Day two of the Transform 2018 Conference began with very meaningful and moving worship service that was led by the eight Canadian Presbyterian ministries that are focussed on Indigenous people and communities.

In many ways, this service set the tone for the entire day, especially as ministry after ministry talked about their experience of ongoing injustices — things like residential schools, the sixties scoop, youth suicides, drug addiction, missing and murdered Indigenous women. The sorrow expressed was deep, but the worship that accompanied it was nevertheless beautiful as it appealed to the limitless love of God.

This worship let us directly into our first session with our speaker, Dr Grace Ji-Sun Kim, and it was what prompted her to spend some time talking about the Korean concept of Han (a concept that I had previously only encountered in an episode of The West Wing). Han, she explained, is the sadness and sorrow that is felt in response to systemic injustice. In Korean culture, Han is something that needs to be expressed and is often expressed very dramatic form, something that we often have trouble within Western cultures.

Reflections with a Mentor

This day included two mentor sessions — break out groups for more personal discussion led by a chosen leader. Our group was particularly blessed to have Dr Grace Ji-Sun Kim as our leader (or, perhaps, did the organizers feel that we were most in need of her help?). Our discussion led me to some interesting thoughts about my own situation.

Having spent a significant time during the day talking about grief-inducing situations in various places, I was led to reflect on my experience in my own situation. If often seems to me that one of the things that prevents our congregation from embracing the change and transformation that may be needed in our present time and place is that we are carrying too much grief.

We grieve:

  • The church that used to be. We are hardly alone in this, but I note that many in our congregation carry a lot of grief over the way that things used to work in the church. They grieve the fact that we can no longer attract people in the ways we used to do. They grieve the loss congregational size and influence.
  • Two former ministers, both of whom recently passed away. One of those passings was particularly difficult as it was the most recent minister and he died under particularly tragic circumstances.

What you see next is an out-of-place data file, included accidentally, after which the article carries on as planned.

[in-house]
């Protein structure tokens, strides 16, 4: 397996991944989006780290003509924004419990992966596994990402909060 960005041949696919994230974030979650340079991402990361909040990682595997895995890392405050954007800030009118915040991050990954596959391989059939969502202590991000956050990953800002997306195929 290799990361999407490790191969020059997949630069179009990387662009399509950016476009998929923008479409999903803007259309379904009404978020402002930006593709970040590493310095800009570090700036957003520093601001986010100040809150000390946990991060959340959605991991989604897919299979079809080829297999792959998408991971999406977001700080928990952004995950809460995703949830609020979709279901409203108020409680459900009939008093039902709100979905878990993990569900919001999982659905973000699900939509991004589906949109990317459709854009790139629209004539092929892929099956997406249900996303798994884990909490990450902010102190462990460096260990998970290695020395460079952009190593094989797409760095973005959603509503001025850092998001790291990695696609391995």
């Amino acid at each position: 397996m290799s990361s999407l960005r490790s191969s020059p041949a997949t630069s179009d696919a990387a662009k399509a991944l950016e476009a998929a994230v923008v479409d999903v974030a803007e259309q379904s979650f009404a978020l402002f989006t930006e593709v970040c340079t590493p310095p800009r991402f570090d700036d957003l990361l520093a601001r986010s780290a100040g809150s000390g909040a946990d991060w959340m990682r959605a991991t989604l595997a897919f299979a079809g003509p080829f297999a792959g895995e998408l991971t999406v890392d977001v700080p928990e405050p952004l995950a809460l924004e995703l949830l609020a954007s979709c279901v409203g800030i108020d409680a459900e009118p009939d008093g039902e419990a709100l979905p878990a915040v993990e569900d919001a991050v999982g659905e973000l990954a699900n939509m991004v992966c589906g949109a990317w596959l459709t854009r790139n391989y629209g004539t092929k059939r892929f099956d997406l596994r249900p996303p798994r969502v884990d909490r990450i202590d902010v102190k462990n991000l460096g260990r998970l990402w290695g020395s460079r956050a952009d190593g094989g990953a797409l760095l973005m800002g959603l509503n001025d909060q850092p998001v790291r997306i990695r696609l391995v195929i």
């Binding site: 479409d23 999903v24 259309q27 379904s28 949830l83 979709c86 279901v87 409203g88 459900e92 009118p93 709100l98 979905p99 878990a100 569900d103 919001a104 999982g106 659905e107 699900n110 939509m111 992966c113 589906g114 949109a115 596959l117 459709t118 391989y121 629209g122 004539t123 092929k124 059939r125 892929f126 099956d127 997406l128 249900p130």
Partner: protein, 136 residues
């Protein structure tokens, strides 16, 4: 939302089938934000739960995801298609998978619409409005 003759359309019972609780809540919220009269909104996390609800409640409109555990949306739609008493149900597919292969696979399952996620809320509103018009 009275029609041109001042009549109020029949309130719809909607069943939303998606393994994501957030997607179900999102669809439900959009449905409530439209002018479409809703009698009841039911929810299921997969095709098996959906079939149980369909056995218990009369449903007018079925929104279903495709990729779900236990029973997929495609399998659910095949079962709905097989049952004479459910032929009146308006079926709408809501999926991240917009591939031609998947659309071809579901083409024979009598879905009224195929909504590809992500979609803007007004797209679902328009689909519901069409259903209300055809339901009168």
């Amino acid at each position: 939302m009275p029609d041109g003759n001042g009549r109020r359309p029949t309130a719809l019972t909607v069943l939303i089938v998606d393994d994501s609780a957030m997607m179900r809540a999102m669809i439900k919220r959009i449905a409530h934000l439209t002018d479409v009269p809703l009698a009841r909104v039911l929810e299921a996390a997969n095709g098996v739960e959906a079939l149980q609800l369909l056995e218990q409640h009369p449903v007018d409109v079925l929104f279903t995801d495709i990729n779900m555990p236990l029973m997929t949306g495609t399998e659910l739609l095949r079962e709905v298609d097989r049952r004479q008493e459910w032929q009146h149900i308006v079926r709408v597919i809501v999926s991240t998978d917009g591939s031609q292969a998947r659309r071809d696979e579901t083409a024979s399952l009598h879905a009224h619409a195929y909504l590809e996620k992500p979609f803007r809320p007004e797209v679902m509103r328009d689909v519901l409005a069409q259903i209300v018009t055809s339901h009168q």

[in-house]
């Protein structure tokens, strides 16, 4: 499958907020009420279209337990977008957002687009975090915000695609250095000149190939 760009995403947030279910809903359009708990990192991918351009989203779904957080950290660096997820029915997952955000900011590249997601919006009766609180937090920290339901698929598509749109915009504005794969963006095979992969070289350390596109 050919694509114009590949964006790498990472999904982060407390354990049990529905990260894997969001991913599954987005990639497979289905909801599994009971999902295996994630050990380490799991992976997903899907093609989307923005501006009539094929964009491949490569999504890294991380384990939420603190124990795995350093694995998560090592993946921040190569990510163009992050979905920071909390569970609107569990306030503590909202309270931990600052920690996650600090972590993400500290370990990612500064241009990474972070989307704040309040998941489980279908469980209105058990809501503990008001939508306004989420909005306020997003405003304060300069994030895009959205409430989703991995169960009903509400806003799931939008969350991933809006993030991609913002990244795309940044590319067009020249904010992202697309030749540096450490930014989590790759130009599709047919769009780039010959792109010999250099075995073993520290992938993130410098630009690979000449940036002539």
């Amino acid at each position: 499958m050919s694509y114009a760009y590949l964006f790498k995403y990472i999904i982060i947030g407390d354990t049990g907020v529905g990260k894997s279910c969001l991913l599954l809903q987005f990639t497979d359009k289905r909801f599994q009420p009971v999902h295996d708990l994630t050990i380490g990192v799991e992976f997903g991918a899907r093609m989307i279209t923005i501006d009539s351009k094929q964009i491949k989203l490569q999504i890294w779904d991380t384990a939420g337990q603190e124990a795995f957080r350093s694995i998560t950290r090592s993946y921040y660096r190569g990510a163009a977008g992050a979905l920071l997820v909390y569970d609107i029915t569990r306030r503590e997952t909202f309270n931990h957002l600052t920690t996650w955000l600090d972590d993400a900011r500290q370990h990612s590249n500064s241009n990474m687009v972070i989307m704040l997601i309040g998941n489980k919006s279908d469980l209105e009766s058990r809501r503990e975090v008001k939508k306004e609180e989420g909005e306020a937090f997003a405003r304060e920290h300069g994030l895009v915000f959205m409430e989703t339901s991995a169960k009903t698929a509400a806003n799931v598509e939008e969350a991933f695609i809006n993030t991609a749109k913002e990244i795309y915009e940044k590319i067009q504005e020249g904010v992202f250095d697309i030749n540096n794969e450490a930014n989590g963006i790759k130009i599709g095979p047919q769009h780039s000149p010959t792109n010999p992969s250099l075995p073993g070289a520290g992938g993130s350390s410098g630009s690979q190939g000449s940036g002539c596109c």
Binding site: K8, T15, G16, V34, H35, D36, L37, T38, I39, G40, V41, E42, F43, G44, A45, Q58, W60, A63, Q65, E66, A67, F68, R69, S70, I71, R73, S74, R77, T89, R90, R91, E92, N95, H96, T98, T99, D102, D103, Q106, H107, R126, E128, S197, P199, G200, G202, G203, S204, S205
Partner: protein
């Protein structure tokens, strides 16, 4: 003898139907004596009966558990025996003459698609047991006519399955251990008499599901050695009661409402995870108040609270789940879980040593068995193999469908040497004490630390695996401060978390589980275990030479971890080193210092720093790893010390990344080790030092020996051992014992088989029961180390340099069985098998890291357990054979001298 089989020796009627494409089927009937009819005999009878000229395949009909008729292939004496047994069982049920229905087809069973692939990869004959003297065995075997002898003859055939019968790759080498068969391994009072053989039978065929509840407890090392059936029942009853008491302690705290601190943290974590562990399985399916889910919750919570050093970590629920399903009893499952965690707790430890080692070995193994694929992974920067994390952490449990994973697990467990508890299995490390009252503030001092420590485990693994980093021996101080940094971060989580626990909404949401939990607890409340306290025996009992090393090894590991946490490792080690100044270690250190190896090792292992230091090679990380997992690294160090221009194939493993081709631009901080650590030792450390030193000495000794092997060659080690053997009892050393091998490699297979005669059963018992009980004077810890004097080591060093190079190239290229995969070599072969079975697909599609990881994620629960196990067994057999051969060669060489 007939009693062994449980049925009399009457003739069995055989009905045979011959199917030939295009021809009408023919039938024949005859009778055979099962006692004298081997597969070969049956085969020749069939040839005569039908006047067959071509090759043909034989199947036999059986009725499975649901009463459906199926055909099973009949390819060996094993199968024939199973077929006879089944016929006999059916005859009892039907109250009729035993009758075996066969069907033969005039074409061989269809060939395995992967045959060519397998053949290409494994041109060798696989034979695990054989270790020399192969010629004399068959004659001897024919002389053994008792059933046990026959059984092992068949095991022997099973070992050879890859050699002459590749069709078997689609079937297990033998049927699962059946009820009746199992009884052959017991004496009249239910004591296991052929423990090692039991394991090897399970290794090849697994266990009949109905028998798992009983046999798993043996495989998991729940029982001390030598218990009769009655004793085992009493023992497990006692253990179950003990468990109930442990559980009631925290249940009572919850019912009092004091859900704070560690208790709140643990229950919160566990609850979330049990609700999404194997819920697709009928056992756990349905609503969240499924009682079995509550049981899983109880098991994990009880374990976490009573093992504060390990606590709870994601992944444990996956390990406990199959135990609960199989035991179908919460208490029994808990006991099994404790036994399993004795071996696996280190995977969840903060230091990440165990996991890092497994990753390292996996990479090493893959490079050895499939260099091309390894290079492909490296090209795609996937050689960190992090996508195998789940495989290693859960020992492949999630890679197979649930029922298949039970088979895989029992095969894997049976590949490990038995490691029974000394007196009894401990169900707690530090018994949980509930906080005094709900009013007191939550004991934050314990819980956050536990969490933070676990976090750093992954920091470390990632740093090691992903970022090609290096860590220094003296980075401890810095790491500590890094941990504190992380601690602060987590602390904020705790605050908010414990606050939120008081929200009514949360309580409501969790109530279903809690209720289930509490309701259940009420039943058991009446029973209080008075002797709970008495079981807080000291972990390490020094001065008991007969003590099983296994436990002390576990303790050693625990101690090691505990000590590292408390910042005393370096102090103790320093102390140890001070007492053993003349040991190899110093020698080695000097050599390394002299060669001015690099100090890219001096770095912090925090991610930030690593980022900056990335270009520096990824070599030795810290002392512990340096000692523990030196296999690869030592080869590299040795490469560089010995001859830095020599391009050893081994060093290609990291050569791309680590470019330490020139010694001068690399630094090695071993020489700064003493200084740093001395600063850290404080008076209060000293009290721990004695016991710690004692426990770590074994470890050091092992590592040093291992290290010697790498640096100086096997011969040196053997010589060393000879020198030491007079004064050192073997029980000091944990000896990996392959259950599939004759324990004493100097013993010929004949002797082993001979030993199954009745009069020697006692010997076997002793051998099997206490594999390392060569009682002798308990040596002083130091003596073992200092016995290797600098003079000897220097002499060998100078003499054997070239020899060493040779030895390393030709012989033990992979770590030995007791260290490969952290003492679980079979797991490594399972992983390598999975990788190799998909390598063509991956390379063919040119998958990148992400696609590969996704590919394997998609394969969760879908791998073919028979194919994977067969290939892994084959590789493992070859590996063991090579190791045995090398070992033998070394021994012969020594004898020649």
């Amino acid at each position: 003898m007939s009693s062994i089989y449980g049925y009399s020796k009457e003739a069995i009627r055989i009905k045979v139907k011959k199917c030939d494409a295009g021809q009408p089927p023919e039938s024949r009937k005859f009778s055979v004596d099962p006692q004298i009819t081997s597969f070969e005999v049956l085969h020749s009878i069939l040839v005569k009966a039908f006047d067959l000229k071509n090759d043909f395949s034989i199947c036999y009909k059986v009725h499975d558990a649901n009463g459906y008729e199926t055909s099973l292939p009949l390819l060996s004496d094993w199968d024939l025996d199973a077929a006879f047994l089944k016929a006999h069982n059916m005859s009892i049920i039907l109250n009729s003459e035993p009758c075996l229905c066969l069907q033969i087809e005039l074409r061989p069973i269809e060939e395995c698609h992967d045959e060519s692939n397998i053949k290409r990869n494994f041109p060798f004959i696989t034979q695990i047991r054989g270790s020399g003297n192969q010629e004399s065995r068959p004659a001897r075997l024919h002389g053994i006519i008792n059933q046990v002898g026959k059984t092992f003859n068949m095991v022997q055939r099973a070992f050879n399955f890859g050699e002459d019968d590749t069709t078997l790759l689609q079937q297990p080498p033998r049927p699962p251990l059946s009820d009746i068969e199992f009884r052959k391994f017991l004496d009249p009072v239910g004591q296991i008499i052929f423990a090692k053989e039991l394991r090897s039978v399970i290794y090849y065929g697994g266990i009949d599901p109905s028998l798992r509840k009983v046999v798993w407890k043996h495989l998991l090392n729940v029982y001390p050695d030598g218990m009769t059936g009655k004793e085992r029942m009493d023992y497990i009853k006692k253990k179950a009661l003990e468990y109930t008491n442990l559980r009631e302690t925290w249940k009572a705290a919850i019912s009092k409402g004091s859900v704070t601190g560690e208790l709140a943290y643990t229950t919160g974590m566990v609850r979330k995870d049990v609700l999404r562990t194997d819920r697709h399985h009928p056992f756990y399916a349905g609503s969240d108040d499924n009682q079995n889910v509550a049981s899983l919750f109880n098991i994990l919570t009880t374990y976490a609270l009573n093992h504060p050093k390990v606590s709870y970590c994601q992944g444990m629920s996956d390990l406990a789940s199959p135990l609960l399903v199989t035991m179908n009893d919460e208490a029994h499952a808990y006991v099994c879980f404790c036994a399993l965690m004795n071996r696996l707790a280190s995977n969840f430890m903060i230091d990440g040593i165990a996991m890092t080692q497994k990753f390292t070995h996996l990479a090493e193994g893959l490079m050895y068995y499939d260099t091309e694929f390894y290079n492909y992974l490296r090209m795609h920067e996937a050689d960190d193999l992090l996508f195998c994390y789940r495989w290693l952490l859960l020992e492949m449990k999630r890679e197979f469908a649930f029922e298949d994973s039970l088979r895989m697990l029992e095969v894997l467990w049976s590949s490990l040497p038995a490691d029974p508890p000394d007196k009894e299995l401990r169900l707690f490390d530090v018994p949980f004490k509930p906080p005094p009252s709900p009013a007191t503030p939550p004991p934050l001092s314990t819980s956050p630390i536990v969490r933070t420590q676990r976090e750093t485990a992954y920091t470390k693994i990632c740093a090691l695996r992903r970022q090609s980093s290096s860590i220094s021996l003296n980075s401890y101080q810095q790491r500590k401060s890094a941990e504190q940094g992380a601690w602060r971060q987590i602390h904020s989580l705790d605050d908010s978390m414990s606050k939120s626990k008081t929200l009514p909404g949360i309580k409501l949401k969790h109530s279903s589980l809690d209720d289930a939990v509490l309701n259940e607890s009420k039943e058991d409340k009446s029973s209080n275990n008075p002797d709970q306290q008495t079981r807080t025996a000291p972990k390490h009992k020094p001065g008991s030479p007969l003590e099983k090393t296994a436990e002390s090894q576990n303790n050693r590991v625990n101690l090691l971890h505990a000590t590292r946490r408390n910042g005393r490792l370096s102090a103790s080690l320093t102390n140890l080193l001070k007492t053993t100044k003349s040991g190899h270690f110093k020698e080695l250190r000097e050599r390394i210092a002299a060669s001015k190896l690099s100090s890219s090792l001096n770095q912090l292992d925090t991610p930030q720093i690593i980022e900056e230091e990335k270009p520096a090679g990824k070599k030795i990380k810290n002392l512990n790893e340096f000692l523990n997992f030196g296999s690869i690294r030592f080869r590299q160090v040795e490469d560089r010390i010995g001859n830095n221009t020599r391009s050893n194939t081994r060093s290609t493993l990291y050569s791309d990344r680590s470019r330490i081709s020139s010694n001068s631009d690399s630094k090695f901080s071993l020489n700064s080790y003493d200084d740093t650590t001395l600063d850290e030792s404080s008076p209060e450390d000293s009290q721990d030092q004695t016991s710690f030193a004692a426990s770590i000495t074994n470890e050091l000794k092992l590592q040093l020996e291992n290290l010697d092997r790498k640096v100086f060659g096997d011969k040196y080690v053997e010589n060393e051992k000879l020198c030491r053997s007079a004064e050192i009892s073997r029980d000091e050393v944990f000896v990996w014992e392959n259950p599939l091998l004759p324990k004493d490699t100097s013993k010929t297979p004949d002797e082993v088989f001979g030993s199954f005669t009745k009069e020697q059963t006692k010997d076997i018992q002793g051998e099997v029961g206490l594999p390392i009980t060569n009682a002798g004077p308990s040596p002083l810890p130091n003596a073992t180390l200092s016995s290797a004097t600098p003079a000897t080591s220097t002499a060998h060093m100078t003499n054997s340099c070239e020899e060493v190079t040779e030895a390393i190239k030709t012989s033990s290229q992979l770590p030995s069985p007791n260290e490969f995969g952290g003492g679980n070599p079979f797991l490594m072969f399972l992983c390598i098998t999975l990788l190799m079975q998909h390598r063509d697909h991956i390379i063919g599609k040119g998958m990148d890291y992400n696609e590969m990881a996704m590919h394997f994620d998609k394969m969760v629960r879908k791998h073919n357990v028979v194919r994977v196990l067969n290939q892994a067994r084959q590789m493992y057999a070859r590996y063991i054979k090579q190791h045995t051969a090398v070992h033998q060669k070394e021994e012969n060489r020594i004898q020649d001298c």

This grief seems to impact our present life in some powerful ways. After all, how can we possibly embrace all of the new ways the church needs to be and act if we are busy pining for the way things always used to be? How can we possibly appreciate the present leadership (especially if it is significantly different in terms of style and personality) if we can’t stop missing the old leadership?

I shared these concerns with Grace and she suggested that one of the things that might help us to move through some of that grief would be a practice of lament. There does seem to be a lot of wisdom in that suggestion and it certainly suggests that my thoughts expressed in yesterday’s blog post may have been on track. So I will try to follow through with her suggestion.

Here I’d like to present a first draft of a prayer of lament that I think could be particularly useful, not only to our congregation, but to many Presbyterian Congregations.

Lament for the 1970’s

God, it used to be so simple.
All we had to do was put on a reasonably good quality program in a beautiful building and people would just come.
They would come because they wanted to,
     because everyone else was doing it,
          because it wasn’t like they had anything else to do on a Sunday anyway.
And people used to volunteer, step forward to serve on committees,
to bake, to teach and they were happy to do so.
And, sure, maybe they had the time to do that because everyone in the household didn’t need to be working at a job all the time, but it sure made finding the people to do the work of the church easier.
And people respected the church, and listened when we spoke and cared if we got upset.
God, why did you make all of that go away?
     Didn’t you know that we liked it that way?
          Didn’t you care?
We keep trying to bring those times back — thinking that if only we make everything as much like things were back then as we can, everyone will just come back and it will all be good again.
We try and try but it just never seems to work.
Have you forgotten us?
     Are you angry?
          What did we do to deserve this?
Or maybe, God, just maybe, do you have a message for us in this painful thing?
Maybe you want to teach us something — something about the new life in Christ, about faith and trust in you? We wonder.
We wonder…